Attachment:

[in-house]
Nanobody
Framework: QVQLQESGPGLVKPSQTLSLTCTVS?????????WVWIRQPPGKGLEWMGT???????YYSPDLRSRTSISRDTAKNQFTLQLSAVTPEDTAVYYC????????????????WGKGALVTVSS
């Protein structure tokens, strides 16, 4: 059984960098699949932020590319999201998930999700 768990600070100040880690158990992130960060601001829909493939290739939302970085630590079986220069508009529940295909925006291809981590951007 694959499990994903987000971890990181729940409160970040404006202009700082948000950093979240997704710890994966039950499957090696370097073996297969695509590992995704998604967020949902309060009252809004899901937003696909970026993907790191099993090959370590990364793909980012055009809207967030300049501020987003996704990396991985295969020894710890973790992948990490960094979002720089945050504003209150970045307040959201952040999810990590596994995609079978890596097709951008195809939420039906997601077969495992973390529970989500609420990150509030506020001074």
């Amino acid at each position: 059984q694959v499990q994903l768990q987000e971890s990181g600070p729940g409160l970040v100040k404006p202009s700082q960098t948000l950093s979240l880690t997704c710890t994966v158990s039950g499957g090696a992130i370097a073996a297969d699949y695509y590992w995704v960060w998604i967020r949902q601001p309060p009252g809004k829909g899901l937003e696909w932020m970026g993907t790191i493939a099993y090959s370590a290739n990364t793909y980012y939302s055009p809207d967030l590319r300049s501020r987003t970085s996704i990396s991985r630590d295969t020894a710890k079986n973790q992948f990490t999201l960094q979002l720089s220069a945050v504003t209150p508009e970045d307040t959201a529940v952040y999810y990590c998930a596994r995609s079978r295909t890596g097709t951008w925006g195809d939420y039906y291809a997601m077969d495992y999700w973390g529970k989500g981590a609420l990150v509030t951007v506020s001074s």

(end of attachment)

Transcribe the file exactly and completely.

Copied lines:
[in-house]
Nanobody
Framework: QVQLQESGPGLVKPSQTLSLTCTVS?????????WVWIRQPPGKGLEWMGT???????YYSPDLRSRTSISRDTAKNQFTLQLSAVTPEDTAVYYC????????????????WGKGALVTVSS
């Protein structure tokens, strides 16, 4: 059984960098699949932020590319999201998930999700 768990600070100040880690158990992130960060601001829909493939290739939302970085630590079986220069508009529940295909925006291809981590951007 694959499990994903987000971890990181729940409160970040404006202009700082948000950093979240997704710890994966039950499957090696370097073996297969695509590992995704998604967020949902309060009252809004899901937003696909970026993907790191099993090959370590990364793909980012055009809207967030300049501020987003996704990396991985295969020894710890973790992948990490960094979002720089945050504003209150970045307040959201952040999810990590596994995609079978890596097709951008195809939420039906997601077969495992973390529970989500609420990150509030506020001074």
């Amino acid at each position: 059984q694959v499990q994903l768990q987000e971890s990181g600070p729940g409160l970040v100040k404006p202009s700082q960098t948000l950093s979240l880690t997704c710890t994966v158990s039950g499957g090696a992130i370097a073996a297969d699949y695509y590992w995704v960060w998604i967020r949902q601001p309060p009252g809004k829909g899901l937003e696909w932020m970026g993907t790191i493939a099993y090959s370590a290739n990364t793909y980012y939302s055009p809207d967030l590319r300049s501020r987003t970085s996704i990396s991985r630590d295969t020894a710890k079986n973790q992948f990490t999201l960094q979002l720089s220069a945050v504003t209150p508009e970045d307040t959201a529940v952040y999810y990590c998930a596994r995609s079978r295909t890596g097709t951008w925006g195809d939420y039906y291809a997601m077969d495992y999700w973390g529970k989500g981590a609420l990150v509030t951007v506020s001074s």